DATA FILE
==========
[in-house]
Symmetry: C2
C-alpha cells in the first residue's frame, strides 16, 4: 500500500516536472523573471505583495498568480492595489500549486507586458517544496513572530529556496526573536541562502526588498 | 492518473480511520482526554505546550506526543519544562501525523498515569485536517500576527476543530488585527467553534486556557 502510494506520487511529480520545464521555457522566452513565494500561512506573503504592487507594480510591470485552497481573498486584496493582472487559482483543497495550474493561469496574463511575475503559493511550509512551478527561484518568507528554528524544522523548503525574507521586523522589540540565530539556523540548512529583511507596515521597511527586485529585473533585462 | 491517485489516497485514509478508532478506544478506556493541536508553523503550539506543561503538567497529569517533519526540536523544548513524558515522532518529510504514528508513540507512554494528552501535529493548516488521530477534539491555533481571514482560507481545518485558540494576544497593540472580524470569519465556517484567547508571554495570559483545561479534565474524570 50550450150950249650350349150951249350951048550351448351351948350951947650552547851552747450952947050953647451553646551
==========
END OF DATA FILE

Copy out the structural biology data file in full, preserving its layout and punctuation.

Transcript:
[in-house]
Symmetry: C2
C-alpha cells in the first residue's frame, strides 16, 4: 500500500516536472523573471505583495498568480492595489500549486507586458517544496513572530529556496526573536541562502526588498 | 492518473480511520482526554505546550506526543519544562501525523498515569485536517500576527476543530488585527467553534486556557 502510494506520487511529480520545464521555457522566452513565494500561512506573503504592487507594480510591470485552497481573498486584496493582472487559482483543497495550474493561469496574463511575475503559493511550509512551478527561484518568507528554528524544522523548503525574507521586523522589540540565530539556523540548512529583511507596515521597511527586485529585473533585462 | 491517485489516497485514509478508532478506544478506556493541536508553523503550539506543561503538567497529569517533519526540536523544548513524558515522532518529510504514528508513540507512554494528552501535529493548516488521530477534539491555533481571514482560507481545518485558540494576544497593540472580524470569519465556517484567547508571554495570559483545561479534565474524570 50550450150950249650350349150951249350951048550351448351351948350951947650552547851552747450952947050953647451553646551